Burt Lancaster was born Burton Stephen Lancaster on November 2, 1913 in New York City. His parents, James and Elizabeth, were both Irish immigrants and his father worked for the United States Postal Service. As a youth, Burt developed an intense interest in gymnastics and decided to join the circus as an acrobat. Unfortunately, an injury he suffered while performing ended his career early.
In 1935, he married a woman named June Ernst. When World War 2 started, he joined the US Army to help the war effort. He started his career in acting during the war by performing with the USO. After the war ended, he decided to pursue acting professionally and he was cast in a Broadway play. His performance caught the attention of a casting agent and resulted in his first film role. He also divorced his wife in 1946 to remarry to Norma Anderson They went on to have four children: Billy, James, Susan, and Shelia.
In 1946, he played the starring role in the film, "The Killers". The noir film was about a gas station attendant named Swede Andersen who is killed by hitmen. The film then follows an insurance investigator that finds out more and more details about "The Swede" and his past life.
Burt's performance in the film earned him a great deal of critical acclaim and popularity with audiences. In 1947, his film career took off with roles in the films "Brute Force", "Desert Fury", and "Variety Girl". In 1948, he starred in the film "Sorry, Wrong Number" alongside Barbara Stanwyck. In 1950, he starred in "The Flame and the Arrow" as an Italian man who leads a rebellion against oppressive German royalty. In 1952, he starred in "The Crimson Pirate" as the pirate Captain Vallo. That year, he also starred in the classic film "Come Back, Little Sheba".
In 1953, Burt was given a leading role in the film "From Here to Eternity", which follows the lives of several soldiers before and after the Attack on Pearl Harbor. The film was a massive success and earned eight Academy Awards, making Burt one of the best known actors in the United States. In the film, his most notable scene is a romantic one where he makes love to the character played by Deborah Kerr on the beach. He was nominated for an Academy Award for his performance, but did not win.
In 1955, Burt starred in the film adaptation of the Tennessee Williams play "The Rose Tattoo". In 1956, he starred in "The Rainmaker" alongside Katharine Hepburn. In 1957, he starred in the classic "Gunfight at the O.K. Corral", playing the role of Wyatt Earp. In 1957, he starred in "Sweet Smell of Success", an epic film that criticized sensational and unethical journalists. In 1958, he returned to the war genre, starring alongside Clark Gable in "Run Silent, Run Deep". In 1960, he starred in "The Unforgiven" alongside Audrey Hepburn, as well as "Elmer Gantry". His performance in "Elmer Gantry" as the title character received much critical acclaim and earned him an Academy Award for Best Actor.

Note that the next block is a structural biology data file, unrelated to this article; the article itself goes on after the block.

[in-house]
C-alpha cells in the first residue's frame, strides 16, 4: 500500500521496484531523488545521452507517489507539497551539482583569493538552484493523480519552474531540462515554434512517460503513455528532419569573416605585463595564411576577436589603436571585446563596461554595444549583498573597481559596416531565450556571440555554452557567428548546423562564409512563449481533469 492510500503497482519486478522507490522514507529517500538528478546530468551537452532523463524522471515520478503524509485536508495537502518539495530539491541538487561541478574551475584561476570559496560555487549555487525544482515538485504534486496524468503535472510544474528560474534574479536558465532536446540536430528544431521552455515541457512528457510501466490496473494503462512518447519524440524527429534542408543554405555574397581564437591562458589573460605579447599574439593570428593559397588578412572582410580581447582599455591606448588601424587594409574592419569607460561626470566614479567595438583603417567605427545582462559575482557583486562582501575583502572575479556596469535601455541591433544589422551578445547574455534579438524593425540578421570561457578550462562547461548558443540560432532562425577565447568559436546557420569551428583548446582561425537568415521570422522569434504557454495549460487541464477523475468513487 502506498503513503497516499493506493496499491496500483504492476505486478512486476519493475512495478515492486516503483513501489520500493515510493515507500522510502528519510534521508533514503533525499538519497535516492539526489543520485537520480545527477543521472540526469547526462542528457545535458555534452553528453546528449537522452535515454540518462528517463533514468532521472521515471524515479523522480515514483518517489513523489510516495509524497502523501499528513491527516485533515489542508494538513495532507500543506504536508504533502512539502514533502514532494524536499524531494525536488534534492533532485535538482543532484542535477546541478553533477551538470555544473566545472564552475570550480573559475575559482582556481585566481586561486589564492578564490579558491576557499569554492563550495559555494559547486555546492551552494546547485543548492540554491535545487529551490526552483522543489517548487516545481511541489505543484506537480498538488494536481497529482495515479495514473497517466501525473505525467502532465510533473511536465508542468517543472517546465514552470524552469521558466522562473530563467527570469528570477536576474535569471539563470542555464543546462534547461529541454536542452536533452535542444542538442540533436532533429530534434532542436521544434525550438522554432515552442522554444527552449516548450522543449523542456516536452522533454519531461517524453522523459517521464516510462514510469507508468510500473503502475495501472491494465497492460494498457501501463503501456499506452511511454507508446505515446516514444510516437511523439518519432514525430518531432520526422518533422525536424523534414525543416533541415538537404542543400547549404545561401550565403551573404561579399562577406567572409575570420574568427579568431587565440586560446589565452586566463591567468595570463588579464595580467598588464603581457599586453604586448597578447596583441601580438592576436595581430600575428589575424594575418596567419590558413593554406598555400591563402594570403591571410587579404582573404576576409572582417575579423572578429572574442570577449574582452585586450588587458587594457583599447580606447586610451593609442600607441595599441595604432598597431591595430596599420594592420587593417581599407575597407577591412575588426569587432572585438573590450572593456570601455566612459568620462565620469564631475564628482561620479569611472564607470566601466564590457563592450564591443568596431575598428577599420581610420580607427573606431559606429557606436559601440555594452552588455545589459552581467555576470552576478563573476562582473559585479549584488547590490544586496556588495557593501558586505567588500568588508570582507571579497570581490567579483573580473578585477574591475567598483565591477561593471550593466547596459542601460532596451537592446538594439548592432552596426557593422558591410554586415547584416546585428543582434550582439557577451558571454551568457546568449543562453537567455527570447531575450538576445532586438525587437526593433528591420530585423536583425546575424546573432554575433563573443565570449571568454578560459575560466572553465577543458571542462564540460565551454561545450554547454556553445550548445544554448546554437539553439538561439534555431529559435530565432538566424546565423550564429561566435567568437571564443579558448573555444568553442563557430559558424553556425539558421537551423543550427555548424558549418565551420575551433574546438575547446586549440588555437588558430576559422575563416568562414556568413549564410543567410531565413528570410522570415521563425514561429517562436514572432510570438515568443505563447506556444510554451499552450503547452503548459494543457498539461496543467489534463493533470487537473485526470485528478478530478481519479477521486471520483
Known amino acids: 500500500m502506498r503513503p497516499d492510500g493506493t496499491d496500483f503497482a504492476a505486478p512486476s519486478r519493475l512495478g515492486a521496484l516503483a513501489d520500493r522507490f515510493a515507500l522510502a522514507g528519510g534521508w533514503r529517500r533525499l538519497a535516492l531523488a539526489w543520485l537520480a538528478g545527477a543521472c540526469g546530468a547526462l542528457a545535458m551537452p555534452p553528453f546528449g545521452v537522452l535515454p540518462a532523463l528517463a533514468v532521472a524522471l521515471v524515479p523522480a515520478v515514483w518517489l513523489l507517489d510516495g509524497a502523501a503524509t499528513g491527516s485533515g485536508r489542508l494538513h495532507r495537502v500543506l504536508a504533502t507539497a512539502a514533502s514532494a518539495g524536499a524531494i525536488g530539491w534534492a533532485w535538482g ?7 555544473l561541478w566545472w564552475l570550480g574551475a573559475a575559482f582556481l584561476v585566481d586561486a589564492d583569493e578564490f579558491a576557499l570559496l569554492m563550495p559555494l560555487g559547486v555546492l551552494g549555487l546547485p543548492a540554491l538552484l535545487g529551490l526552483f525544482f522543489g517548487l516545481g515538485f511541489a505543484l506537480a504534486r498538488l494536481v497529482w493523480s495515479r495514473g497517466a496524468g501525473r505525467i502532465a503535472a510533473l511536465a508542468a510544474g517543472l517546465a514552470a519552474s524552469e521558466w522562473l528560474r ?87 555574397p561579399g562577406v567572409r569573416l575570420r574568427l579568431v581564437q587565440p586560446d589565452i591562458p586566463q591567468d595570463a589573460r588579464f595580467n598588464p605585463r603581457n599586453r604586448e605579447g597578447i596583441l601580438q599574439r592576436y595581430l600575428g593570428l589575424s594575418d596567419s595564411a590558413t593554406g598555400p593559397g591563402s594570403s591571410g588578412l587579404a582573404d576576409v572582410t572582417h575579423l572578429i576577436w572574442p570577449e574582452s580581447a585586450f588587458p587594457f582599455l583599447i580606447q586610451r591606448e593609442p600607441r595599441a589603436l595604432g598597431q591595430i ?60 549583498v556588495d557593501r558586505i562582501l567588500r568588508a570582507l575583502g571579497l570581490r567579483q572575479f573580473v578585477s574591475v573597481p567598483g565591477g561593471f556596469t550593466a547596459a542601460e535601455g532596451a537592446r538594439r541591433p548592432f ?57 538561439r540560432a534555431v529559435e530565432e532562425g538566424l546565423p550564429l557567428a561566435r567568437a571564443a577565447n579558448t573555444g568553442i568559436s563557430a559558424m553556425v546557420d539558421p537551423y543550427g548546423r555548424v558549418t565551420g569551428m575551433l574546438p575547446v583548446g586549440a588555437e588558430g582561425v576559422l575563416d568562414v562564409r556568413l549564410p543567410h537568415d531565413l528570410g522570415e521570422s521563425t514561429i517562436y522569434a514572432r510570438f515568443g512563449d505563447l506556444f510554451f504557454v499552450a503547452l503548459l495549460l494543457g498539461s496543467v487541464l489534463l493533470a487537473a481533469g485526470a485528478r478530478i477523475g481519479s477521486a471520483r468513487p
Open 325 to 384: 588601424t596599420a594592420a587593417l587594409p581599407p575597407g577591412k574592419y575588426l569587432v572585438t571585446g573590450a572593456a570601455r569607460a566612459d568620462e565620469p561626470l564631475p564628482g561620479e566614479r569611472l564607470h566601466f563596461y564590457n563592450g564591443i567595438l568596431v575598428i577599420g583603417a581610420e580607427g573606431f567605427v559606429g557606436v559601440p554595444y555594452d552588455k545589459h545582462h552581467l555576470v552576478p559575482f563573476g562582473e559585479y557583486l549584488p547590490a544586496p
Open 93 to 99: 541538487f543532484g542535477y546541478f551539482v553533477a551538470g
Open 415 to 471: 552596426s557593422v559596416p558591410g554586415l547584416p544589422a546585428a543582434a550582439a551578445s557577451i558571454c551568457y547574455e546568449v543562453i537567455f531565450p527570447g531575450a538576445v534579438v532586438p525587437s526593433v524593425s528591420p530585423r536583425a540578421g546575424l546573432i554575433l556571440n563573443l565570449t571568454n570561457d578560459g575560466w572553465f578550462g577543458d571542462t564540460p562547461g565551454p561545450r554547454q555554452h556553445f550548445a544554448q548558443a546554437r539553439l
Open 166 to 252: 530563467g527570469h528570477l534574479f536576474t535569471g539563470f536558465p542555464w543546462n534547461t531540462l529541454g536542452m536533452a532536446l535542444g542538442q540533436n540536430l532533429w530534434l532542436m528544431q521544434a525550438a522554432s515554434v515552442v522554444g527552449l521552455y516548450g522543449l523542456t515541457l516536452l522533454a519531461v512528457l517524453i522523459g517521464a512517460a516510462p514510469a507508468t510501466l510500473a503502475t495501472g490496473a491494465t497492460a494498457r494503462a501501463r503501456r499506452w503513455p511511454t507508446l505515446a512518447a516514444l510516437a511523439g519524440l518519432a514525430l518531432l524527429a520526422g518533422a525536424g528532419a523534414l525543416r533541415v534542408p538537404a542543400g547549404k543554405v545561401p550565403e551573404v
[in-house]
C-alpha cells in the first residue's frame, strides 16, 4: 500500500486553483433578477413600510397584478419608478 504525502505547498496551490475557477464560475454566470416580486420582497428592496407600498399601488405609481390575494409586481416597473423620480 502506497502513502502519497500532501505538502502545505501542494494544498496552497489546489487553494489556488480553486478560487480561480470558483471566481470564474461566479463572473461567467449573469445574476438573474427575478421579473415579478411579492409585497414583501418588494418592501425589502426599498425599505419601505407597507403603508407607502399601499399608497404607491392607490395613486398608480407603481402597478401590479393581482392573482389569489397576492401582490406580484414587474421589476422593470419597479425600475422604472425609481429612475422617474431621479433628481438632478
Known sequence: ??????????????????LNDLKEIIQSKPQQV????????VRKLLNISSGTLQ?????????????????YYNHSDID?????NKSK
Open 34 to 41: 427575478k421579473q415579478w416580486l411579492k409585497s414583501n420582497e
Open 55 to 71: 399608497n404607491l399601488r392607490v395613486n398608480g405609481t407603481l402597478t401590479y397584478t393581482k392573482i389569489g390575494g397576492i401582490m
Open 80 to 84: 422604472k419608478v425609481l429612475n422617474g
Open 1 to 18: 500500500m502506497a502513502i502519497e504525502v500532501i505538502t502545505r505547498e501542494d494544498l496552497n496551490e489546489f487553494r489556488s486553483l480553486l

In 1961, Burt starred in "Judgement at Nuremberg" and in 1962 he starred in one of his best known films "Birdman of Alcatraz". In the film, he portrays Robert Stroud, an inmate at Alcatraz Prison that studied birds and made important scientific discoveries within his cell. For his role, he was nominated for an Academy Award, but did not win. In 1969, Burt divorced Norma Anderson, his wife of 23 years.
In the late 1960s and early 1970s, Burt's career began to slow down. He starred in 1964's "Seven Days in May" as Air Force General James Mattoon Scott, who plans to overthrow the President of the United States. In 1966, he starred in the classic western "The Professionals", directed by Richard Brooks. In 1970, he starred in "Airport", which was one of the earliest disaster films. In 1979, he starred in "Zulu Dawn" alongside Peter O'Toole. In 1980, he starred in "Atlantic City" as a numbers runner in Atlantic City, New Jersey. For this film, he was once again nominated for an Academy Award, but did not win.
In 1983, Burt suffered from two heart attacks and was forced to undergo a quadruple heart bypass surgery. In 1990, he suffered a cerebral stroke that left him partially paralyzed and unable to speak normally. Despite these health issues, he remarried to a woman named Susan Martin in 1991. On October 20, 1994, he died from a heart attack and his ashes were buried at Westwood Village Memorial Park Cemetery.
"Brave, vigorous, handsome, and an actor of great range, Lancaster never yielded in his immaculate splendor, proud to be a movie actor. He was one of the great stars. Perhaps the last." - Film Critic David Thomson on Burt Lancaster